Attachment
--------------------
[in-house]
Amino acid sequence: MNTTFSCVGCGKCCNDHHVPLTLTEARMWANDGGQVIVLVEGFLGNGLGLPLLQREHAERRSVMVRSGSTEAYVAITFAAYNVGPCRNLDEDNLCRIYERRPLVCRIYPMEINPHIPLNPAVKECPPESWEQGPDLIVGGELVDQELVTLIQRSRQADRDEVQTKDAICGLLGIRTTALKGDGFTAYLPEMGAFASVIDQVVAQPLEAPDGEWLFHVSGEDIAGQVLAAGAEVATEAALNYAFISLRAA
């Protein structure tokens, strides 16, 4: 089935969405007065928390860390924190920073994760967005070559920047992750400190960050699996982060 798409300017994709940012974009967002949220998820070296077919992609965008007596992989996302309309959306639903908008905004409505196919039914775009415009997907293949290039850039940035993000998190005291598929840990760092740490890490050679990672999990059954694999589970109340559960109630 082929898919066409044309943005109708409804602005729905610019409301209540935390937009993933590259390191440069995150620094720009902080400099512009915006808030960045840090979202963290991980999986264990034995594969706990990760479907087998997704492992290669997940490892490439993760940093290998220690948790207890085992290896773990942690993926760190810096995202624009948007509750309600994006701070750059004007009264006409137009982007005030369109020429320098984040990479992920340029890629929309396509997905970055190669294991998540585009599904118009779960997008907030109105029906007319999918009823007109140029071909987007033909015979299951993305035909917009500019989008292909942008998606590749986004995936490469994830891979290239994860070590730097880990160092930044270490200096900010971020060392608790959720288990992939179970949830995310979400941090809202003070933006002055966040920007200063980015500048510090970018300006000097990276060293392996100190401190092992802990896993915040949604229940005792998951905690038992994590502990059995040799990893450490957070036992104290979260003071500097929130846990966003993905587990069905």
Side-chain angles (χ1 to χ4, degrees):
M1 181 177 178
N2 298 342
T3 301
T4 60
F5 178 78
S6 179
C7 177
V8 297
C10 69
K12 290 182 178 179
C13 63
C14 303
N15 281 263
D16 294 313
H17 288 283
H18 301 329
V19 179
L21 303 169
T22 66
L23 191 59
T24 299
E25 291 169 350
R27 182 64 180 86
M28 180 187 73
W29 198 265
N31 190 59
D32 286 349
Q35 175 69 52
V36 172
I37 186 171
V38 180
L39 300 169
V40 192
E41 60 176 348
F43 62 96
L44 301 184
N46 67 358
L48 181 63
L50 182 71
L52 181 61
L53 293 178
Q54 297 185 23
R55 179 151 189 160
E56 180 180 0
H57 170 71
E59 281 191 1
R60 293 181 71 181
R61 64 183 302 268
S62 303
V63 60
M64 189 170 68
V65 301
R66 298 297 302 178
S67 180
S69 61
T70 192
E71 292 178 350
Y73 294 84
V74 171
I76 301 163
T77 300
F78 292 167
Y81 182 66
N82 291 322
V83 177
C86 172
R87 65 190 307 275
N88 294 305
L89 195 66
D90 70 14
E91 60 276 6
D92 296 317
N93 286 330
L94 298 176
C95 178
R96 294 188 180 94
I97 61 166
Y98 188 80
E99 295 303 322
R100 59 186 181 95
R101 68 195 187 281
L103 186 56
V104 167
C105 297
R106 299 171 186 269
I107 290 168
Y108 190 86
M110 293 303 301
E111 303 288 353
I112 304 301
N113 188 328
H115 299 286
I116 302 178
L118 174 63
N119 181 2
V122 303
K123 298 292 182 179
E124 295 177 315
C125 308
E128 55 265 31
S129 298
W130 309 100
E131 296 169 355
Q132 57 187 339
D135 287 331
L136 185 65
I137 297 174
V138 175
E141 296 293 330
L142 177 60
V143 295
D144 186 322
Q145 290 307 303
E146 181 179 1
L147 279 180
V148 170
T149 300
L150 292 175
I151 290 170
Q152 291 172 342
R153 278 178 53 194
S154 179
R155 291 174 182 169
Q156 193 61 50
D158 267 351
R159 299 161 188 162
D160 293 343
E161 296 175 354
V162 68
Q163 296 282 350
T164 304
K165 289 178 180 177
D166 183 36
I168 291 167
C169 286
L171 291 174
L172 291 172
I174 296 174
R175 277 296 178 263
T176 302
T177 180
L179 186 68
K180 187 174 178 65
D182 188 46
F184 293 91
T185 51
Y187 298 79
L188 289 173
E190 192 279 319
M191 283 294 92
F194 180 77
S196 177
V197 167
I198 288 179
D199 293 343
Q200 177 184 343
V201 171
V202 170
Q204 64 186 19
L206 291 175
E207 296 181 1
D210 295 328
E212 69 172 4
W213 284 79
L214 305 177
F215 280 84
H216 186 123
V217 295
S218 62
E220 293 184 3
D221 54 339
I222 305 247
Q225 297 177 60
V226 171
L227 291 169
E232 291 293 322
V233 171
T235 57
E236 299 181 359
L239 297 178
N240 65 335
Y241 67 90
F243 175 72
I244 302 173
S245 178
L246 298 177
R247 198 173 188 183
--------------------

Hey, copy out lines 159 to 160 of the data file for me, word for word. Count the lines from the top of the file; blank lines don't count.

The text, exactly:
D199 293 343
Q200 177 184 343